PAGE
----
Skip to comments.USS Monitor Civil War sailors to be buried at Arlington National Cemetery 150 years later
Posted on 03/08/2013 1:18:58 PM PST by shove_itEdited on 03/08/2013 1:19:43 PM PST by Admin Moderator. [history]
ARLINGTON, Va. – Two unknown crewmen found in the USS Monitor's turret will be buried at Arlington National Cemetery 150 years after the Civil War sank off the North Carolina coast. Navy Secretary Ray Mabus is scheduled to speak during Friday's ceremony, which will include Monitor kin who believe the two Union sailors are their ancestors. Sixteen sailors died when the Monitor went down in rough seas off Cape Hatteras on March 9, 1862. The two crew members' skeletons and the remains of their uniforms were found in 2002 when the ship's rusted turret was raised from the ocean floor. The Monitor made nautical history when it fought in the first battle between two ironclads. The battle with the CSS Virginia was a draw...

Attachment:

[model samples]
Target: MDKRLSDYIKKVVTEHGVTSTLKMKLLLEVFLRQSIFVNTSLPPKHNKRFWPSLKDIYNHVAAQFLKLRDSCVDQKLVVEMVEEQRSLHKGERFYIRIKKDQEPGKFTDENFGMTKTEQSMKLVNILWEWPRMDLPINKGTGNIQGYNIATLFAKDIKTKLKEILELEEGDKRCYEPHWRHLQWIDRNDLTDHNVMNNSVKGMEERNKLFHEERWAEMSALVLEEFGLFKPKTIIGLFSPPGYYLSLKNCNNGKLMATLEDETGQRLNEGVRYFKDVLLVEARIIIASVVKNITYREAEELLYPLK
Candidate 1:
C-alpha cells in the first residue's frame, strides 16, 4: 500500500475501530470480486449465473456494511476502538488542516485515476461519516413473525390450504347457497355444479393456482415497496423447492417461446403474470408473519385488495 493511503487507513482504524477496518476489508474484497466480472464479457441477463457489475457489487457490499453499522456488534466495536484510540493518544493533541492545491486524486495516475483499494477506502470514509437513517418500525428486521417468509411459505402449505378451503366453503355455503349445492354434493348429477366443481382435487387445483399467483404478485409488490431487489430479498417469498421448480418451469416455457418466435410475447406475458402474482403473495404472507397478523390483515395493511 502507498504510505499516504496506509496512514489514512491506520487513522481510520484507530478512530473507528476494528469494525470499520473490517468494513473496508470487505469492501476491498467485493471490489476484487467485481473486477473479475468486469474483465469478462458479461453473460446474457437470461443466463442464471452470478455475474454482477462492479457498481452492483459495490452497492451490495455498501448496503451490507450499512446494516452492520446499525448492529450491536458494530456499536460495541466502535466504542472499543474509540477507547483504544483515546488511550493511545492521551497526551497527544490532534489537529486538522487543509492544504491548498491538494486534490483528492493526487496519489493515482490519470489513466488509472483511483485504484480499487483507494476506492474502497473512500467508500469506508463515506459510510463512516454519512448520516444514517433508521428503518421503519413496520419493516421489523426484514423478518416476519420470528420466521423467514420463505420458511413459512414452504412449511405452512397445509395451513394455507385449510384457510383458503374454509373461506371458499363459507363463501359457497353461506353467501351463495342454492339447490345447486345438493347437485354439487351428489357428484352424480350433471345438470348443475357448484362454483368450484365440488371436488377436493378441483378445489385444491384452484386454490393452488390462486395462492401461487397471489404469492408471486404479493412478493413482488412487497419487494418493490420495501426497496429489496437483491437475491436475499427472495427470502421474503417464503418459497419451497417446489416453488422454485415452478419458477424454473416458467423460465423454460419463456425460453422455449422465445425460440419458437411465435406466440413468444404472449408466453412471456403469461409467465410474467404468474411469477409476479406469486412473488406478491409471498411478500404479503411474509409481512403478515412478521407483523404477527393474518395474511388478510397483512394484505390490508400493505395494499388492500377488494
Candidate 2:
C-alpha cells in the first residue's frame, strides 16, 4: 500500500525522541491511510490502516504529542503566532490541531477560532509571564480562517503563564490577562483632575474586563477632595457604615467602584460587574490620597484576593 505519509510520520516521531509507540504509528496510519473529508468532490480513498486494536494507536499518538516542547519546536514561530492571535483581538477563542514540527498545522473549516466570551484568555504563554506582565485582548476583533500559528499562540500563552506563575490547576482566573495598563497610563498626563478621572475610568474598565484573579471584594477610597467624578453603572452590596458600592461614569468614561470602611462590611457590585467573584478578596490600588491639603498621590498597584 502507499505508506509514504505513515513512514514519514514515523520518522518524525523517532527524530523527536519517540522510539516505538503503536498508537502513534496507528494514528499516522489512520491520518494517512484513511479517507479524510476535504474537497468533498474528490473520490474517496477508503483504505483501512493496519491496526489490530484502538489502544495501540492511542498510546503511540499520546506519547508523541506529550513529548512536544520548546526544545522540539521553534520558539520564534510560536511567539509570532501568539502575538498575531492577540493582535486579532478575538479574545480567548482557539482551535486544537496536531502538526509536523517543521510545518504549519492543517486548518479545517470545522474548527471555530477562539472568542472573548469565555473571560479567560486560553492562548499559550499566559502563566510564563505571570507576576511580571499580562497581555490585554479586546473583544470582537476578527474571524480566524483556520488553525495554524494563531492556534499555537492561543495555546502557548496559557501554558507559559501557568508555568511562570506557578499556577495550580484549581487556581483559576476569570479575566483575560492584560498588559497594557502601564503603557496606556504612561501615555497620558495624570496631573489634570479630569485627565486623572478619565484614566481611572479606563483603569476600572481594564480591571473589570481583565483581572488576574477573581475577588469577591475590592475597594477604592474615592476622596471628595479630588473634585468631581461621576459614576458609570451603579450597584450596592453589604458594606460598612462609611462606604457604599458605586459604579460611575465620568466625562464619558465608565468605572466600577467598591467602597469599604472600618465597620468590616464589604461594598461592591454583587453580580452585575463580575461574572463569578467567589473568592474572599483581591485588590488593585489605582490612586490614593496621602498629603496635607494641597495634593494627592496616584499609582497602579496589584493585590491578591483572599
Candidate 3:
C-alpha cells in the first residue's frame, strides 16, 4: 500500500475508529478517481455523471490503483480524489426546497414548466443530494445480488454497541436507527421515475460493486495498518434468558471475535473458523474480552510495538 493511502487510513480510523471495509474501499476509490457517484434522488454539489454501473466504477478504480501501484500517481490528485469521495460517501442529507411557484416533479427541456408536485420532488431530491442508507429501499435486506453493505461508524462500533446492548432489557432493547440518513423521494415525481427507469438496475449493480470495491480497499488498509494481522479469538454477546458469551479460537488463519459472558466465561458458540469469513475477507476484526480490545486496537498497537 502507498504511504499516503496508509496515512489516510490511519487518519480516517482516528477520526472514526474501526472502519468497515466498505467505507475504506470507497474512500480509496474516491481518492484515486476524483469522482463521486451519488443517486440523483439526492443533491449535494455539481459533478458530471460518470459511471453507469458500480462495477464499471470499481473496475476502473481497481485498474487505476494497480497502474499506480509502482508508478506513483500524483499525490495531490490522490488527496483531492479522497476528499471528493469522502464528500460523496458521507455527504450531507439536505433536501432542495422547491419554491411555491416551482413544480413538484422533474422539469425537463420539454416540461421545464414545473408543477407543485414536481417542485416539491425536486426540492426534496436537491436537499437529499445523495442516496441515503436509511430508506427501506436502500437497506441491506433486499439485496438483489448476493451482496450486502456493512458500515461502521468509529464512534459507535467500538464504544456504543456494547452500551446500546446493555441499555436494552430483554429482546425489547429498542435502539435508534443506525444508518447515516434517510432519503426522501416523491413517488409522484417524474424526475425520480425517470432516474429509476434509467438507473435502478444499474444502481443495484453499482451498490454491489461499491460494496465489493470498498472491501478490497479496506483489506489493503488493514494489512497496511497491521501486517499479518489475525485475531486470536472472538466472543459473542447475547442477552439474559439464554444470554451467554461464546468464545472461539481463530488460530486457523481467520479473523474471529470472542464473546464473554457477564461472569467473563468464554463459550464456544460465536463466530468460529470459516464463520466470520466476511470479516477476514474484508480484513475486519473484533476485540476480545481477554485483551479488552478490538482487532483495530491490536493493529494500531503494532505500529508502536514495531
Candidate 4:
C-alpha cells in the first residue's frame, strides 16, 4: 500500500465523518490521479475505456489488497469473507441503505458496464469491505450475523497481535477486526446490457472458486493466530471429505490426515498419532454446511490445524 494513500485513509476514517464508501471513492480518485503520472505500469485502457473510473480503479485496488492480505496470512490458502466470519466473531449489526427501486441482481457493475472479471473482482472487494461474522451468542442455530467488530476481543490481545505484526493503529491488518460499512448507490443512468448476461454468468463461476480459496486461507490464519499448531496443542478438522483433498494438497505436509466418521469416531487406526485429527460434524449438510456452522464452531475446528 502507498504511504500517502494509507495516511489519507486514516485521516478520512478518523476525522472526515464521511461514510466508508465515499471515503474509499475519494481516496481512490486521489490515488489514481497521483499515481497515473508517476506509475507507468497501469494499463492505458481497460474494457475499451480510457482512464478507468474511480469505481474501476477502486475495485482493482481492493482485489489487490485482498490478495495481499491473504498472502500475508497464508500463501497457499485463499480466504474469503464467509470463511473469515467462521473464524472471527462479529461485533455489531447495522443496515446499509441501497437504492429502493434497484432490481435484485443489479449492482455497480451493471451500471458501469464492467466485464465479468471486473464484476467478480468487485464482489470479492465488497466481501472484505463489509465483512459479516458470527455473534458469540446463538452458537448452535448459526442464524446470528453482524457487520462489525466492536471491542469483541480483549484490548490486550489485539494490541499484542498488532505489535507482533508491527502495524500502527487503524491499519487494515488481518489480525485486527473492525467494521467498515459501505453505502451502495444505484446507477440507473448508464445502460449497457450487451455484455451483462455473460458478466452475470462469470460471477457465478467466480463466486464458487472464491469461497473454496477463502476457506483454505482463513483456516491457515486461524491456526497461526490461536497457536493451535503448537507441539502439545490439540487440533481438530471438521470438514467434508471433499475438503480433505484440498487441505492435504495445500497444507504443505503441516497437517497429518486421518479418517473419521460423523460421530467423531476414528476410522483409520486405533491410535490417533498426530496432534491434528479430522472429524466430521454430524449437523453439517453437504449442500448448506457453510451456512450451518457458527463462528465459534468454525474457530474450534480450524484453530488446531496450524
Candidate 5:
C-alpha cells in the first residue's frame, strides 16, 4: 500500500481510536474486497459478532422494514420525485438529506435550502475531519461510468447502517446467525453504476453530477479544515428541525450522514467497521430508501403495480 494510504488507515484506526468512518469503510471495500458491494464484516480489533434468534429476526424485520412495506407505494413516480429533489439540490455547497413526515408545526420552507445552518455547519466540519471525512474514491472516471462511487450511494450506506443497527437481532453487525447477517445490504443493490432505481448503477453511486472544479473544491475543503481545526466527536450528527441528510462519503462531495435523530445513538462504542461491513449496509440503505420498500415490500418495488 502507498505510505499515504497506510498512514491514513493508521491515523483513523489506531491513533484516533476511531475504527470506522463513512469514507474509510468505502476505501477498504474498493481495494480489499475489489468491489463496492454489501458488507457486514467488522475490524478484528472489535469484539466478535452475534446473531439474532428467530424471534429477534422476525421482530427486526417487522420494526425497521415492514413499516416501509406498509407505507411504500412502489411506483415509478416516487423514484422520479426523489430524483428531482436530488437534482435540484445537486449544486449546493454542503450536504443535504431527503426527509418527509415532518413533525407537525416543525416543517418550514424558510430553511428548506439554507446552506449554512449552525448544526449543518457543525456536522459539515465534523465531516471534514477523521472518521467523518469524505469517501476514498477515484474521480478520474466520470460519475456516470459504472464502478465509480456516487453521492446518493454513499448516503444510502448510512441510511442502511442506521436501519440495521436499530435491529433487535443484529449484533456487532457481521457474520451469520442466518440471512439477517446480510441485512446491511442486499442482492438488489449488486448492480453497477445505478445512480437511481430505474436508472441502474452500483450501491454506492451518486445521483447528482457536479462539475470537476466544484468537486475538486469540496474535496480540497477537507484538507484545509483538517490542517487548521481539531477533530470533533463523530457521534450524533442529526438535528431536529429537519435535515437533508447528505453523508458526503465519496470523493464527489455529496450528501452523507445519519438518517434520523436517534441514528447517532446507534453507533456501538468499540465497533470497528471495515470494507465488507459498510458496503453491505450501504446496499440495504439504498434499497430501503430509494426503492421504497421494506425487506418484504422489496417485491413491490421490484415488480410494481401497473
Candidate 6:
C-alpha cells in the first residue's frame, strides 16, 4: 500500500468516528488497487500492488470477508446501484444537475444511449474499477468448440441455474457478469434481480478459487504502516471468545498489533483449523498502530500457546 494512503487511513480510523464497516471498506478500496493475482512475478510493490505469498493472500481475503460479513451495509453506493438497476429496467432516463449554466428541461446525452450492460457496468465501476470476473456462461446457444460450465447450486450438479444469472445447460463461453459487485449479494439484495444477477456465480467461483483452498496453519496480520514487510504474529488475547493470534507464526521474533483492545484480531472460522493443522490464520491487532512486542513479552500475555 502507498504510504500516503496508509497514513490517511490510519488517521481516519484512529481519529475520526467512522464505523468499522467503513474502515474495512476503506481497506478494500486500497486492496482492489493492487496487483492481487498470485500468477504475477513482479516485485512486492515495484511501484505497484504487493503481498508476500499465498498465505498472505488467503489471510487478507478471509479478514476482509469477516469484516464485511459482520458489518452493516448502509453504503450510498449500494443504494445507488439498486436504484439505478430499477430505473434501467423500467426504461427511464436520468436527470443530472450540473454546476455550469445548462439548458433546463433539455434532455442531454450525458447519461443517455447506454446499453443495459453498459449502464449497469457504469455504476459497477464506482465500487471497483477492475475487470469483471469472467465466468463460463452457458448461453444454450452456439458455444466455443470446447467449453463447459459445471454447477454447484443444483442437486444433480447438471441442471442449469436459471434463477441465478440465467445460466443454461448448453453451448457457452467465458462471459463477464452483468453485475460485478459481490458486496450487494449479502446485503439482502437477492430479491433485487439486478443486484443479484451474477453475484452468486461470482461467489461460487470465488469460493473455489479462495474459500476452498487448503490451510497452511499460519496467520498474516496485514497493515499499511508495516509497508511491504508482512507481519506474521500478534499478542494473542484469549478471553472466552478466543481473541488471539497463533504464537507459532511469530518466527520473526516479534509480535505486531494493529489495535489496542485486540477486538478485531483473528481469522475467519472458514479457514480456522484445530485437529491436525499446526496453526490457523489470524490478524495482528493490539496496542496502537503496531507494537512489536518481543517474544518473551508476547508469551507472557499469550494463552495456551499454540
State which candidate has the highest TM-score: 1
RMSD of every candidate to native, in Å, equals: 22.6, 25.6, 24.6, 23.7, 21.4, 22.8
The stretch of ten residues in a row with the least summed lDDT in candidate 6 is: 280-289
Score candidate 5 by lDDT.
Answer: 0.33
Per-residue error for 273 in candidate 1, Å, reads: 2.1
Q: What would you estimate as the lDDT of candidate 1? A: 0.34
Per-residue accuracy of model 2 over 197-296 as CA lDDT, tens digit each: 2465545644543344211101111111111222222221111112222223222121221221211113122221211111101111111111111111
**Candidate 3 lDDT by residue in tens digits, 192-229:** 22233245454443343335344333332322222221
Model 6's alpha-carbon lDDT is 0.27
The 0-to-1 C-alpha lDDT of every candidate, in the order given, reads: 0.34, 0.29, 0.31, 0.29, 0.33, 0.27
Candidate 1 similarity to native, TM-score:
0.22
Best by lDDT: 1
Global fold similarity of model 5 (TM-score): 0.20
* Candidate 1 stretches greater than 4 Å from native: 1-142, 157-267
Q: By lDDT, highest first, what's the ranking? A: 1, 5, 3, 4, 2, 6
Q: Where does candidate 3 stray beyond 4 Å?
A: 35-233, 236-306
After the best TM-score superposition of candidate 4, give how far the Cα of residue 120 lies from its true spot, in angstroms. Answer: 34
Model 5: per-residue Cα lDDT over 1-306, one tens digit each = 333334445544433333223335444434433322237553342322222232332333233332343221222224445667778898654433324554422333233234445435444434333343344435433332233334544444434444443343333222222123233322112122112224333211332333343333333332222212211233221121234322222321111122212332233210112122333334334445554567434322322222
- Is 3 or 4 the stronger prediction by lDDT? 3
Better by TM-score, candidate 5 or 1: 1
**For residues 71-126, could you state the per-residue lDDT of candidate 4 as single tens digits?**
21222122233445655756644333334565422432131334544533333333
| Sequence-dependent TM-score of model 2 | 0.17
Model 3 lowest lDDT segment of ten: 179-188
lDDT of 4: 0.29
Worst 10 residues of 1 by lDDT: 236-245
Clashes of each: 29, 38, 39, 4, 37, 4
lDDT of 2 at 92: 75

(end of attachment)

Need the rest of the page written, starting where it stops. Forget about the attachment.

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The Merrimac never left Hampton Roads and other that sinking the Cumberland and the Congress on the first day it caused no further damage.
If my rendition of it based on reading it years ago were from a Hollywood director, you’d not be able to question it. In any case, I’m certainly partially correct. The history book that I read about the Civil War was several hundred pages long, and had pictures.
Thanks shove_it, here’s the later, closed topic:
|GGG managers are SunkenCiv, StayAt HomeMother & Ernest_at_the_Beach|
On July 4th. 1863 after three months of siege Vicksburg surrendered to Union forces. This gave the North control of the Mississippi and cut the Confederacy in two. After this the South just ran out the clock.
The refloated Merrimac(k) was on the James River, in Virginia.
It was the War of the Rebellion.
No. Refloated Merrimac didn’t get to Mississippi, or New England. There were some wild stories in the papers. The engines, after being raised, were not up to much. Due to the weight of its iron slabs, it was hardly seaworthy.